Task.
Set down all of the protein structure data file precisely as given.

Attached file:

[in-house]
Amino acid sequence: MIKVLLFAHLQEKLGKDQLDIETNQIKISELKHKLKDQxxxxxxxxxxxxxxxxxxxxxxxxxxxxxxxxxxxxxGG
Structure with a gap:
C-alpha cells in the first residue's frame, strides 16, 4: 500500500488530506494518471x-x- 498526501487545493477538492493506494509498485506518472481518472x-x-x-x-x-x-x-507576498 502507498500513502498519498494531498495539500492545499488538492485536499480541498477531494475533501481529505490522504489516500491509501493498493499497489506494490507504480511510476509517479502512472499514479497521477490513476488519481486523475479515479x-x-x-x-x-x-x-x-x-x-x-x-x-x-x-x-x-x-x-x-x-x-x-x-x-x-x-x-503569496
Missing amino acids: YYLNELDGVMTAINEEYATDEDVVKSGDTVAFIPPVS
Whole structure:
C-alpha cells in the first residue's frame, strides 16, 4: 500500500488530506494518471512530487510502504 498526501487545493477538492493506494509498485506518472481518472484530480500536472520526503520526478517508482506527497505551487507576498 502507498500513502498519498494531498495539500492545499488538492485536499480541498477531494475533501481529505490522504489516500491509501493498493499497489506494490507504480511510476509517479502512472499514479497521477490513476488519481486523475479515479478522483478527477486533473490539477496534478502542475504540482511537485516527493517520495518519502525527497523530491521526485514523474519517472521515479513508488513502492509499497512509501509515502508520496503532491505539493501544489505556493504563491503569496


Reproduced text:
[in-house]
Amino acid sequence: MIKVLLFAHLQEKLGKDQLDIETNQIKISELKHKLKDQxxxxxxxxxxxxxxxxxxxxxxxxxxxxxxxxxxxxxGG
Structure with a gap:
C-alpha cells in the first residue's frame, strides 16, 4: 500500500488530506494518471x-x- 498526501487545493477538492493506494509498485506518472481518472x-x-x-x-x-x-x-507576498 502507498500513502498519498494531498495539500492545499488538492485536499480541498477531494475533501481529505490522504489516500491509501493498493499497489506494490507504480511510476509517479502512472499514479497521477490513476488519481486523475479515479x-x-x-x-x-x-x-x-x-x-x-x-x-x-x-x-x-x-x-x-x-x-x-x-x-x-x-x-503569496
Missing amino acids: YYLNELDGVMTAINEEYATDEDVVKSGDTVAFIPPVS
Whole structure:
C-alpha cells in the first residue's frame, strides 16, 4: 500500500488530506494518471512530487510502504 498526501487545493477538492493506494509498485506518472481518472484530480500536472520526503520526478517508482506527497505551487507576498 502507498500513502498519498494531498495539500492545499488538492485536499480541498477531494475533501481529505490522504489516500491509501493498493499497489506494490507504480511510476509517479502512472499514479497521477490513476488519481486523475479515479478522483478527477486533473490539477496534478502542475504540482511537485516527493517520495518519502525527497523530491521526485514523474519517472521515479513508488513502492509499497512509501509515502508520496503532491505539493501544489505556493504563491503569496